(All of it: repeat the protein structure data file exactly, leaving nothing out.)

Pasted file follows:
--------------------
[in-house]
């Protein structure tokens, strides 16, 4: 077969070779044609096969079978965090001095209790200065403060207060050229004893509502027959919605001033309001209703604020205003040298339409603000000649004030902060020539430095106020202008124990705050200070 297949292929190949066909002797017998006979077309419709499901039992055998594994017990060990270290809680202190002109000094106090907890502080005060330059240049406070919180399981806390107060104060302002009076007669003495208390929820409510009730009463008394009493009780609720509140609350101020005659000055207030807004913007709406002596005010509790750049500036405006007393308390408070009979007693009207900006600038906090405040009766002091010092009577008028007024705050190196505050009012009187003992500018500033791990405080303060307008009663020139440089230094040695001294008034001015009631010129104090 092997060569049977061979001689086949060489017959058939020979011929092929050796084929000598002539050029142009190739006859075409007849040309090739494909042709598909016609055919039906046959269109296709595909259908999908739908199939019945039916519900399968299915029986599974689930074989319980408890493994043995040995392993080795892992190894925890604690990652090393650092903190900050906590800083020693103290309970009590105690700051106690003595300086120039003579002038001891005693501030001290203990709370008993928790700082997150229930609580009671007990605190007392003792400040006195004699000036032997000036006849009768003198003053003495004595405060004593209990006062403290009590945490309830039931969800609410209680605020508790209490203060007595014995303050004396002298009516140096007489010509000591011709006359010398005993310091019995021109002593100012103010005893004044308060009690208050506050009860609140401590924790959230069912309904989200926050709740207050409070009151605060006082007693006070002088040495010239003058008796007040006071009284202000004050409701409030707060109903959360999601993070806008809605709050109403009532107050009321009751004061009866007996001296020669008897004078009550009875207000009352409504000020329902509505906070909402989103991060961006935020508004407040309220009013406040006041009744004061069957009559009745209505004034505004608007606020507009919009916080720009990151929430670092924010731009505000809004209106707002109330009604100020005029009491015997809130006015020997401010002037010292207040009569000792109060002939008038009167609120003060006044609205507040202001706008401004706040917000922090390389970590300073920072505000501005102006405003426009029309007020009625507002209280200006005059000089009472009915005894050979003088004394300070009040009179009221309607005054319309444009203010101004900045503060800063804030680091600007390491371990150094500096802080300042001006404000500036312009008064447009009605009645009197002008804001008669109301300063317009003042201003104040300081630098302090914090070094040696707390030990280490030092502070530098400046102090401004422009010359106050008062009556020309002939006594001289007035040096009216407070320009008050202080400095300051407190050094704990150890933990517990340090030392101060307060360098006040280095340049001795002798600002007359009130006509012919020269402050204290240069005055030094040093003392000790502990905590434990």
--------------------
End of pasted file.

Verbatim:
[in-house]
């Protein structure tokens, strides 16, 4: 077969070779044609096969079978965090001095209790200065403060207060050229004893509502027959919605001033309001209703604020205003040298339409603000000649004030902060020539430095106020202008124990705050200070 297949292929190949066909002797017998006979077309419709499901039992055998594994017990060990270290809680202190002109000094106090907890502080005060330059240049406070919180399981806390107060104060302002009076007669003495208390929820409510009730009463008394009493009780609720509140609350101020005659000055207030807004913007709406002596005010509790750049500036405006007393308390408070009979007693009207900006600038906090405040009766002091010092009577008028007024705050190196505050009012009187003992500018500033791990405080303060307008009663020139440089230094040695001294008034001015009631010129104090 092997060569049977061979001689086949060489017959058939020979011929092929050796084929000598002539050029142009190739006859075409007849040309090739494909042709598909016609055919039906046959269109296709595909259908999908739908199939019945039916519900399968299915029986599974689930074989319980408890493994043995040995392993080795892992190894925890604690990652090393650092903190900050906590800083020693103290309970009590105690700051106690003595300086120039003579002038001891005693501030001290203990709370008993928790700082997150229930609580009671007990605190007392003792400040006195004699000036032997000036006849009768003198003053003495004595405060004593209990006062403290009590945490309830039931969800609410209680605020508790209490203060007595014995303050004396002298009516140096007489010509000591011709006359010398005993310091019995021109002593100012103010005893004044308060009690208050506050009860609140401590924790959230069912309904989200926050709740207050409070009151605060006082007693006070002088040495010239003058008796007040006071009284202000004050409701409030707060109903959360999601993070806008809605709050109403009532107050009321009751004061009866007996001296020669008897004078009550009875207000009352409504000020329902509505906070909402989103991060961006935020508004407040309220009013406040006041009744004061069957009559009745209505004034505004608007606020507009919009916080720009990151929430670092924010731009505000809004209106707002109330009604100020005029009491015997809130006015020997401010002037010292207040009569000792109060002939008038009167609120003060006044609205507040202001706008401004706040917000922090390389970590300073920072505000501005102006405003426009029309007020009625507002209280200006005059000089009472009915005894050979003088004394300070009040009179009221309607005054319309444009203010101004900045503060800063804030680091600007390491371990150094500096802080300042001006404000500036312009008064447009009605009645009197002008804001008669109301300063317009003042201003104040300081630098302090914090070094040696707390030990280490030092502070530098400046102090401004422009010359106050008062009556020309002939006594001289007035040096009216407070320009008050202080400095300051407190050094704990150890933990517990340090030392101060307060360098006040280095340049001795002798600002007359009130006509012919020269402050204290240069005055030094040093003392000790502990905590434990």